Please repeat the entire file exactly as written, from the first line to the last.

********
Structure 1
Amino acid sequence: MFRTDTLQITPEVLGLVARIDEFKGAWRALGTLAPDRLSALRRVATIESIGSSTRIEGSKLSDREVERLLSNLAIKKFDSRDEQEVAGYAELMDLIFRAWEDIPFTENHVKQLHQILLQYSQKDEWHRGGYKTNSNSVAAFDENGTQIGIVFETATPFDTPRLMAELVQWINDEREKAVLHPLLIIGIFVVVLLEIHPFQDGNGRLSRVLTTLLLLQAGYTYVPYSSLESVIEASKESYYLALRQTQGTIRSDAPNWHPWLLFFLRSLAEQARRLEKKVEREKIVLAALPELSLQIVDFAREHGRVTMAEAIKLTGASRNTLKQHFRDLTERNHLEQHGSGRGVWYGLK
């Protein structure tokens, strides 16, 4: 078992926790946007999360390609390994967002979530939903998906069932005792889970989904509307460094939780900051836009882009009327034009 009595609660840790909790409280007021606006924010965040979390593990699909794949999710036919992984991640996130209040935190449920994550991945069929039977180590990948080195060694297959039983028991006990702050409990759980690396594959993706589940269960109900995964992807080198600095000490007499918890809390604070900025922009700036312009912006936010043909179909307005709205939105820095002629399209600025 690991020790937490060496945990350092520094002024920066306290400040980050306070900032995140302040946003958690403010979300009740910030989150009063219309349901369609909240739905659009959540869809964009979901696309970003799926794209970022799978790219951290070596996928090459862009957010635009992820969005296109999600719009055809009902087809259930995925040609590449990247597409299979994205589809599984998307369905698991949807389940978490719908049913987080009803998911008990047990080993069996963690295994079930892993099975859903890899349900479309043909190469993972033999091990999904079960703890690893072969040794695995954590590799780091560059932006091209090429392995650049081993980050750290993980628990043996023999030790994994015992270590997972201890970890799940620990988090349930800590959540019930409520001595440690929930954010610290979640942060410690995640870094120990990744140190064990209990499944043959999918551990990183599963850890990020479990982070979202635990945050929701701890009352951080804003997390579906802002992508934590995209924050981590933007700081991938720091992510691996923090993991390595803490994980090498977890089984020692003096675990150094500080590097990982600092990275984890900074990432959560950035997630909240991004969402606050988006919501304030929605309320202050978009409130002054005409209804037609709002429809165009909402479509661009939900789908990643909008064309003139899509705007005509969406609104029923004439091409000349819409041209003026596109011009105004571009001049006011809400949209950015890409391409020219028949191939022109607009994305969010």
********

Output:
Structure 1
Amino acid sequence: MFRTDTLQITPEVLGLVARIDEFKGAWRALGTLAPDRLSALRRVATIESIGSSTRIEGSKLSDREVERLLSNLAIKKFDSRDEQEVAGYAELMDLIFRAWEDIPFTENHVKQLHQILLQYSQKDEWHRGGYKTNSNSVAAFDENGTQIGIVFETATPFDTPRLMAELVQWINDEREKAVLHPLLIIGIFVVVLLEIHPFQDGNGRLSRVLTTLLLLQAGYTYVPYSSLESVIEASKESYYLALRQTQGTIRSDAPNWHPWLLFFLRSLAEQARRLEKKVEREKIVLAALPELSLQIVDFAREHGRVTMAEAIKLTGASRNTLKQHFRDLTERNHLEQHGSGRGVWYGLK
């Protein structure tokens, strides 16, 4: 078992926790946007999360390609390994967002979530939903998906069932005792889970989904509307460094939780900051836009882009009327034009 009595609660840790909790409280007021606006924010965040979390593990699909794949999710036919992984991640996130209040935190449920994550991945069929039977180590990948080195060694297959039983028991006990702050409990759980690396594959993706589940269960109900995964992807080198600095000490007499918890809390604070900025922009700036312009912006936010043909179909307005709205939105820095002629399209600025 690991020790937490060496945990350092520094002024920066306290400040980050306070900032995140302040946003958690403010979300009740910030989150009063219309349901369609909240739905659009959540869809964009979901696309970003799926794209970022799978790219951290070596996928090459862009957010635009992820969005296109999600719009055809009902087809259930995925040609590449990247597409299979994205589809599984998307369905698991949807389940978490719908049913987080009803998911008990047990080993069996963690295994079930892993099975859903890899349900479309043909190469993972033999091990999904079960703890690893072969040794695995954590590799780091560059932006091209090429392995650049081993980050750290993980628990043996023999030790994994015992270590997972201890970890799940620990988090349930800590959540019930409520001595440690929930954010610290979640942060410690995640870094120990990744140190064990209990499944043959999918551990990183599963850890990020479990982070979202635990945050929701701890009352951080804003997390579906802002992508934590995209924050981590933007700081991938720091992510691996923090993991390595803490994980090498977890089984020692003096675990150094500080590097990982600092990275984890900074990432959560950035997630909240991004969402606050988006919501304030929605309320202050978009409130002054005409209804037609709002429809165009909402479509661009939900789908990643909008064309003139899509705007005509969406609104029923004439091409000349819409041209003026596109011009105004571009001049006011809400949209950015890409391409020219028949191939022109607009994305969010």